This summer was filled with major science fiction blockbusters. However, disappointments like Oblivion and Pacific Rim left me with little hope that any good original science fiction would hit the theaters this year. Luckily I was proven wrong, twice in fact. The second one will be the subject of an other post. Let’s first take a look at Elysium by Neil Blomkamp who was also responsible for District 9.
For those who forgot: District 9 was about aliens that – for a change – weren’t vastly superior to mankind. They just happened to make a crash landing on earth in a quite unpredictable place: South Africa. Being the polite and welcoming species that mankind is, we relegated them to live in slums. Though Elysium does not involve aliens, it does deliver the same type of social criticism that made District 9 an above average flick.
In Elysium we learn that in 2154 most of humanity still lives on earth, but in poor conditions. The wealthy minority – let us call them the one percent – live on an artificial torus-shaped space station named Elysium. Filled with villas, green pastures and advanced technology, Elysium is the dream of any earthling. However, we quickly learn that it is not easy to actually get there for the vast majority of people.
When three rogue ships carrying refugees approach the station, the minister of defense – an ice-cold lady portrayed by Jodie Foster – ruthlessly orders two of them to be shot to pieces. The third one barely manages to land on Elysium. A young mother carrying an ill child rushes into one of the deserted villas to place her child in a ‘med-bay’. To the mother’s relief, the child is instantly healed. Though a second later both are apprehended by human-form robots labeled ‘homeland security’.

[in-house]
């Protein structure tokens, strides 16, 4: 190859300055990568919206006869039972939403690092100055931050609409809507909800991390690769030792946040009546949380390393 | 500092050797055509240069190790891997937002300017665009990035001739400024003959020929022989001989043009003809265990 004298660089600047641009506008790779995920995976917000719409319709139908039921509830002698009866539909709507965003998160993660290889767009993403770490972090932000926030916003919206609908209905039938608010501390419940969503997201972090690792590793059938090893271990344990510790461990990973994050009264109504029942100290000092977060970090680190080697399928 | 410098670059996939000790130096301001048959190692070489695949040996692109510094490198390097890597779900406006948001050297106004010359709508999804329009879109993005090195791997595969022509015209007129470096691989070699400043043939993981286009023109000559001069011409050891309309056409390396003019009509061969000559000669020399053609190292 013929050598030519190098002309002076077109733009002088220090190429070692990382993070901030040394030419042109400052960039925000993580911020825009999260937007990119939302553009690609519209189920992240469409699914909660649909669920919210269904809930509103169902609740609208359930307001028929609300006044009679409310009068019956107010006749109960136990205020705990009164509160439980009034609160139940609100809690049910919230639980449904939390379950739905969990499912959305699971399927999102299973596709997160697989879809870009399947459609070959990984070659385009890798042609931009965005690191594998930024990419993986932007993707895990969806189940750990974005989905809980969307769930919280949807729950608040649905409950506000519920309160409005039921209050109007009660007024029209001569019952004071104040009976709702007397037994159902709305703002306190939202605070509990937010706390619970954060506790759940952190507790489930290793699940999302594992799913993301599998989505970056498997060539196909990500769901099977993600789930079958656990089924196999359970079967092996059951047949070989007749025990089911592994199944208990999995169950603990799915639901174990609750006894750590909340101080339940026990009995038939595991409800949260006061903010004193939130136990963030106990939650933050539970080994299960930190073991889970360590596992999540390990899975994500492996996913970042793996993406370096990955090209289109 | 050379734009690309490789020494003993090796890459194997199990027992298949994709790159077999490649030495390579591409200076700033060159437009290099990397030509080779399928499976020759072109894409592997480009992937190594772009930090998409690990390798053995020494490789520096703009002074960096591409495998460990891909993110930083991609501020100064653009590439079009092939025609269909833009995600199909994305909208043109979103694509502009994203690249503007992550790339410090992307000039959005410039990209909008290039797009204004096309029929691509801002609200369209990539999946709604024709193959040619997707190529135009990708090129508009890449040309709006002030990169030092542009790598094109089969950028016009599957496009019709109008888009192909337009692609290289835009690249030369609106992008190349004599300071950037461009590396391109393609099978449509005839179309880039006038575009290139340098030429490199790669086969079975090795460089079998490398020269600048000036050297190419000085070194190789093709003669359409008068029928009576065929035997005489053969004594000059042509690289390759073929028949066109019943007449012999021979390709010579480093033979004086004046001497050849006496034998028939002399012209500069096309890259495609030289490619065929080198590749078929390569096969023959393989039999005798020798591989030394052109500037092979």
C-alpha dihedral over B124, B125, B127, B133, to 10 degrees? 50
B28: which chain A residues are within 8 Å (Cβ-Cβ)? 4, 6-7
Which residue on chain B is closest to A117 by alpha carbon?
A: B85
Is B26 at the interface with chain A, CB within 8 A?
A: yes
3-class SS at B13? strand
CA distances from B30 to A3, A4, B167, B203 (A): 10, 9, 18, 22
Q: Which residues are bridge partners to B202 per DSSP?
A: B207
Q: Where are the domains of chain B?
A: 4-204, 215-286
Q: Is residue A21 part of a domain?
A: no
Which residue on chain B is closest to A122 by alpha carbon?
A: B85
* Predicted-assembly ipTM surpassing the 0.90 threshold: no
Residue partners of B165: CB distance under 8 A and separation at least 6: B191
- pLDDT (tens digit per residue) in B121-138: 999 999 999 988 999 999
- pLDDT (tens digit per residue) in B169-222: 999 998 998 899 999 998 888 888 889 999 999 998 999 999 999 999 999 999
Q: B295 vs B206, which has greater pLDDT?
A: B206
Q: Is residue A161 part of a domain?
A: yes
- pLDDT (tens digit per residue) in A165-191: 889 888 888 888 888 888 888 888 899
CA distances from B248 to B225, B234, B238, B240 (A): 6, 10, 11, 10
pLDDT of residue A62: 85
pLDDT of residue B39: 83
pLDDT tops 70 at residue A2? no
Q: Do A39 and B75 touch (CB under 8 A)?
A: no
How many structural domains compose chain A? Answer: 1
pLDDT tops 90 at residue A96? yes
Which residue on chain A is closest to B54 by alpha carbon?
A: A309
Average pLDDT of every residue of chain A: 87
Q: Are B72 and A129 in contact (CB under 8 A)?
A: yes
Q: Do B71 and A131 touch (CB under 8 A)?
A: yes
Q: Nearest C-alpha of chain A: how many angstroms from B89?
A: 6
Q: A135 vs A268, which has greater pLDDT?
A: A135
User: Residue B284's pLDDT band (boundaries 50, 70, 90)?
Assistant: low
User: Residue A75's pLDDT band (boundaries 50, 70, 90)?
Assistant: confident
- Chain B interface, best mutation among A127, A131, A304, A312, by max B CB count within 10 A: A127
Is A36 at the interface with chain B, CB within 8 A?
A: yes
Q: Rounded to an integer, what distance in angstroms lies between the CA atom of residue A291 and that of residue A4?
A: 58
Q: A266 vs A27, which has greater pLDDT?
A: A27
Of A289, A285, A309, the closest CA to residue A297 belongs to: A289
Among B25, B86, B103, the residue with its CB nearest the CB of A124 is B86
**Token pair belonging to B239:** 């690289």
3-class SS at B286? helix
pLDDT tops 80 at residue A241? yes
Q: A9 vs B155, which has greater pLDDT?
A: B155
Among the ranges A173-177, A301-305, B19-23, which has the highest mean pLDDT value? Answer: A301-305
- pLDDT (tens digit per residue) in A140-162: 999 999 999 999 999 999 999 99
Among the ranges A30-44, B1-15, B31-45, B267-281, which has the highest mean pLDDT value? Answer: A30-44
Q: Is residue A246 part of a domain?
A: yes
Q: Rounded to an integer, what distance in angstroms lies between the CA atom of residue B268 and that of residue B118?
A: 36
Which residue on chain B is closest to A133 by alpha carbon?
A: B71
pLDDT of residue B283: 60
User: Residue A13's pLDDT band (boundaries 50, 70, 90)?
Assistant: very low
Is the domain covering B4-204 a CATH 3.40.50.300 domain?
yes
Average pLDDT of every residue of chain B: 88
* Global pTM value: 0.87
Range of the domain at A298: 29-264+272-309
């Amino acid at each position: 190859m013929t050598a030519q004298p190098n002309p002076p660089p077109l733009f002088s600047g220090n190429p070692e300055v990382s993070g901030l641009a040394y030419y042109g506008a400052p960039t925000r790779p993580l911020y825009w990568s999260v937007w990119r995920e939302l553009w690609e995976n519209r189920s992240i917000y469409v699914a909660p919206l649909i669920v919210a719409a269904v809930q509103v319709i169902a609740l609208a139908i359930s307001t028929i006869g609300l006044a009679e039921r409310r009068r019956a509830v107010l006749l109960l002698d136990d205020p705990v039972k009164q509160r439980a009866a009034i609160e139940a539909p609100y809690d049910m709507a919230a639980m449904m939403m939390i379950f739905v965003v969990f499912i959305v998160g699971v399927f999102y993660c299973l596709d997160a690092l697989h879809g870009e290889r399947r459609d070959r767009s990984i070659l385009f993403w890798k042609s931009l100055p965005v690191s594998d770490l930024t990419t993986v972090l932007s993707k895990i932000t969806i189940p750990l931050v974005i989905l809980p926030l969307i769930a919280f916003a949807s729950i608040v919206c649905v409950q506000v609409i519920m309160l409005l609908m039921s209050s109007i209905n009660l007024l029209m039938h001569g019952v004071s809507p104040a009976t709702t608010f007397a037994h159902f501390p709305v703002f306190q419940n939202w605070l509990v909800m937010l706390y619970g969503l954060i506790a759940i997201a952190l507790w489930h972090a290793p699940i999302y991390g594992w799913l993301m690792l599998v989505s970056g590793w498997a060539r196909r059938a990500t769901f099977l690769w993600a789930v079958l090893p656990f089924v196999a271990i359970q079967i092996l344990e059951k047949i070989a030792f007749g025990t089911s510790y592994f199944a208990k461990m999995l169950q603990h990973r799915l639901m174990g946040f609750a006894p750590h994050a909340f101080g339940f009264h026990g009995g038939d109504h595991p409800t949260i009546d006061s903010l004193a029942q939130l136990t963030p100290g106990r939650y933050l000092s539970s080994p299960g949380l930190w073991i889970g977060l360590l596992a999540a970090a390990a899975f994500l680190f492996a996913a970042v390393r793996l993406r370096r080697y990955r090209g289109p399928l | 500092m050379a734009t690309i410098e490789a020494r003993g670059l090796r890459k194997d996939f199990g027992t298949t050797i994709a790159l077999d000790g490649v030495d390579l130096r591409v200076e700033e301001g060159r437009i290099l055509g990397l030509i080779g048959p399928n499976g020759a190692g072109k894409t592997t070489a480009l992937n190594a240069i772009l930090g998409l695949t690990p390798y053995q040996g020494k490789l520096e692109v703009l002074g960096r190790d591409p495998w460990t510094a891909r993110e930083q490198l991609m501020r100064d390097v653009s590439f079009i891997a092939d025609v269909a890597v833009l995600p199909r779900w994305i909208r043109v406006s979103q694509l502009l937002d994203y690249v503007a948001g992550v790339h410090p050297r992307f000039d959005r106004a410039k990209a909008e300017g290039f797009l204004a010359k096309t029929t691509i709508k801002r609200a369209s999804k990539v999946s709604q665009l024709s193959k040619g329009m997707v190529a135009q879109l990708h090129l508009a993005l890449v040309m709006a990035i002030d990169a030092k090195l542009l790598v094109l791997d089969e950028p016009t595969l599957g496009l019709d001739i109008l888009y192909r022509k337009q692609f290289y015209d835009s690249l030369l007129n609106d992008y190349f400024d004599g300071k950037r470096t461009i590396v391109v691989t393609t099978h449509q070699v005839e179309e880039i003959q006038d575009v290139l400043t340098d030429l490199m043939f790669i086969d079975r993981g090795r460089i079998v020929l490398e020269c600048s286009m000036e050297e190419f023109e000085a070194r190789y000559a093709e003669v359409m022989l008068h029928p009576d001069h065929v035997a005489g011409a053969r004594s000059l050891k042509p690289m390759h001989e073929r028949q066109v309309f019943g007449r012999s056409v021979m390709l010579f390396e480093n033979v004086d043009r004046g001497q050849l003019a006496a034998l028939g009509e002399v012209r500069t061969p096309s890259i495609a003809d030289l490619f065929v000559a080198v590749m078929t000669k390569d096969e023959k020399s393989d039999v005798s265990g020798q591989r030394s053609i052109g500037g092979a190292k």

Limited access to resources, like the med-bay which can instantly heal any disease, is what this movie is all about. Max is one of the lucky few earthlings that has a job. He works in a factory where the human-form robots are built. If that sounds good: it really isn’t. He is transported to work by a ramshackle bus, and the owner of the business treats his employees in a manner similar to how he handles robots: as replaceable parts. Getting to Elysium is Max’s childhood dream, and due to unforeseen circumstances he has to make that dream come true sooner rather than later.
In contrast to the other recent action science fiction films mentioned earlier, Elysium really does make you think about the story’s deeper implications. Besides that, it has plenty of action as well, which is at times perhaps a bit too visceral and too much. Luckily, the thing Elysium does gets right is populating its story with a diverse set of characters who all have clear motivations. No character is plain evil just for the sake of it.
Though not as thought-provoking and creative as District 9. With a clear story and good acting work (Matt Damon, Carly Shane, Jodie Foster), Elysium brings back some life to the action science fiction genre, in contrast with the rather lackluster attempts released in early summer. Worth watching, even if you’re not into science fiction.